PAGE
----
Speaking of playstyles, the largest feature of AC:VD is the series’ staple: customization. There are literally thousands of parts for you to use in designing your giant death-bot, which can be crafted from the ground (or rather the core) up. Starting with a core, or chest-piece if you will, you may make any design you can think of – with a few base models available right at the start. Want a lightweight, bi-pedal sniper? Done. A canon and howitzer-slinging heavy behemoth, with a literal tank for legs? You got it. Wish to design a reverse-joint weapon to resemble Metal Gear Rex, complete with railgun? You can get pretty close – I tried. Every AC designed can select various parts from these categories: core, head, arms, legs, left arm weapon, right arm weapon, ACS (a chip system that controls lock-ons), generator (for your energy needs), shoulder weapons, bay weapons, recon units, and Ultimate Weapons. While that may seem like a lot in itself, each option has two-to-several sub-options (such as leg types like quad legs) to choose from, making the AC customization options all but limitless. Factor in the ability to colour your AC, change its paint pattern, and even design your own emblem, and there is little chance you will come across an AC too similar to yours. There is so much to do here that you will spend triple the time at first developing your robot than you do actually fighting! Be warned, though, it’s an addictive experience.
Also carried over from Armored Core V (ACV) is the rock-paper-scissors style weapon system; each weapon fires one of three ammo types: Kinetic (KE), Chemical (CE), and Thermal (TE). As well, every main body part of your AC has a resistance to these types, some more than others. This means you need to plan out not only what kind of damage you want to deal, but what kind you want to block. Do you want a balance across all types, or want to specialize in one because it gives a higher total health or speed? Planning for these kinds of instances is key, as going into a mission with only one type of weapon against enemies with resistance to it is going to lead to one long, frustrating fight. This system also helps to avoid the existence of “god robots,” ensuring that all ACs have some sort of weakness and can somehow be defeated.
When you believe you have an AC worthy of sending into battle, you may take it out on a mission, which the game refers to as a sortie. You can take part in the aforementioned story missions, consisting of sub-events that pit you against either ACs or small enemies, or the story-based main missions, with somewhat deeper objectives or boss battles. The real experience in AC:VD though, is its online multiplayer, which happens on a global scale. When you first start the game, you’re asked to create or join a team. You can search for a local team, a massive public one, start your own private army of friends, or even a one-person army. Don’t be afraid to create something you won’t like, as you can join a new team at any time. However, your current team will shape how you play online.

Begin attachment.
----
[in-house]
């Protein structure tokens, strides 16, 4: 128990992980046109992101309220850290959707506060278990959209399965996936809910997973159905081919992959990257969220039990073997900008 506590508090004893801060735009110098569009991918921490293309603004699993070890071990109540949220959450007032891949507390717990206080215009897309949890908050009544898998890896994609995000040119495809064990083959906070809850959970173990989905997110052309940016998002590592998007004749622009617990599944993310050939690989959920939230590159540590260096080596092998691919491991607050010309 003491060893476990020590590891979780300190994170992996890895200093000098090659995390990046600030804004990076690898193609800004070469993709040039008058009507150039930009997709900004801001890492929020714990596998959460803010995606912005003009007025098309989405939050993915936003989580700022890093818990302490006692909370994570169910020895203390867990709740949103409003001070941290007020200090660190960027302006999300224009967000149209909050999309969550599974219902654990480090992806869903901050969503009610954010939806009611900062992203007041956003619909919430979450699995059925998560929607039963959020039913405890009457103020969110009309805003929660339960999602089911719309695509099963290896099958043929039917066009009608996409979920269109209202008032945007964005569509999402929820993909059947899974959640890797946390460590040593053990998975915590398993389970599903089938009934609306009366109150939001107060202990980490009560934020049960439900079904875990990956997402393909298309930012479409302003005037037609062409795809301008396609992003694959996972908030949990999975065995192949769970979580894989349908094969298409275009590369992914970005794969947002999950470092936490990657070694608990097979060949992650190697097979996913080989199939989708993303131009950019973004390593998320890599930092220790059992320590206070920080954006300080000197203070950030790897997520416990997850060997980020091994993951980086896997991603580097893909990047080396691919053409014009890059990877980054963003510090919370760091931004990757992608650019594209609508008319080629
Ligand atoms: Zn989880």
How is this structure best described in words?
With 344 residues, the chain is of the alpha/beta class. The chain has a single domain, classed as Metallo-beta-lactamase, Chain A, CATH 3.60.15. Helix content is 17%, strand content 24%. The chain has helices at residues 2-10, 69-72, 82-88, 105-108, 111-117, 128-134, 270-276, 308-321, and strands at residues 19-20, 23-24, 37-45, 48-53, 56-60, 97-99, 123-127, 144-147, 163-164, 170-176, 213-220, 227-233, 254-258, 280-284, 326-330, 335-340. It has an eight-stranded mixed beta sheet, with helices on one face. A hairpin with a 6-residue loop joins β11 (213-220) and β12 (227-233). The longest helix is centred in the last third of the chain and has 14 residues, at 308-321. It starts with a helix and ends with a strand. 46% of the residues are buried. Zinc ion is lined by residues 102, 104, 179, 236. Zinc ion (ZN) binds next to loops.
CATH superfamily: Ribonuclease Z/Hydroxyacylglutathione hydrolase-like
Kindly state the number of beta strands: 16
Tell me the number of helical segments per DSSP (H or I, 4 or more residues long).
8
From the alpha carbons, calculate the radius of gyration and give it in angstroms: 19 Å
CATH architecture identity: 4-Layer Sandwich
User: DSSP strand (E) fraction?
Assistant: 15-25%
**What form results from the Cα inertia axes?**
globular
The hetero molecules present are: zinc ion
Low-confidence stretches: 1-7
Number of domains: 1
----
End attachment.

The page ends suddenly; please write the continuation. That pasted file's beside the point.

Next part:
Your team will pick a side in the three-pronged war, and battle for control of the towers in the seven continents. Each area has one tower and eight bases. By going on sorties within these areas, you attack these bases in their predetermined order in a head-to-head battle against the defending faction. Your foes will either be a team of players determined to keep their turf safe, or a set of static defences pre-placed by the defending team. Which one you fight is controlled by the amount of available players; if there aren’t enough people free and searching for sorties, you will fight defenses. Win the match, and the attacking base’s total points will fall; once it reaches zero, that base falls and you can move to the next one. Continue this system until you eventually take down the region’s tower, granting your faction control of said region. Win enough of your sorties, and you will amass team points. These can be used to go on a special sortie, which massively increases the amount of AP reduced via winning. However, note that if you fight defenses, they will be swapped for special enemies – so be careful! Don’t forget as well, you’re able to request defense mission to prevent foes from taking your turf! Looking for a more traditional multiplayer experience? AC:VD features a deathmatch style system of free battling that allows players to fight for the sake of fighting, without the risk of messing up the global economy. This is a great place to sharpen your teeth as a public pilot, and test your AC design against actual minds.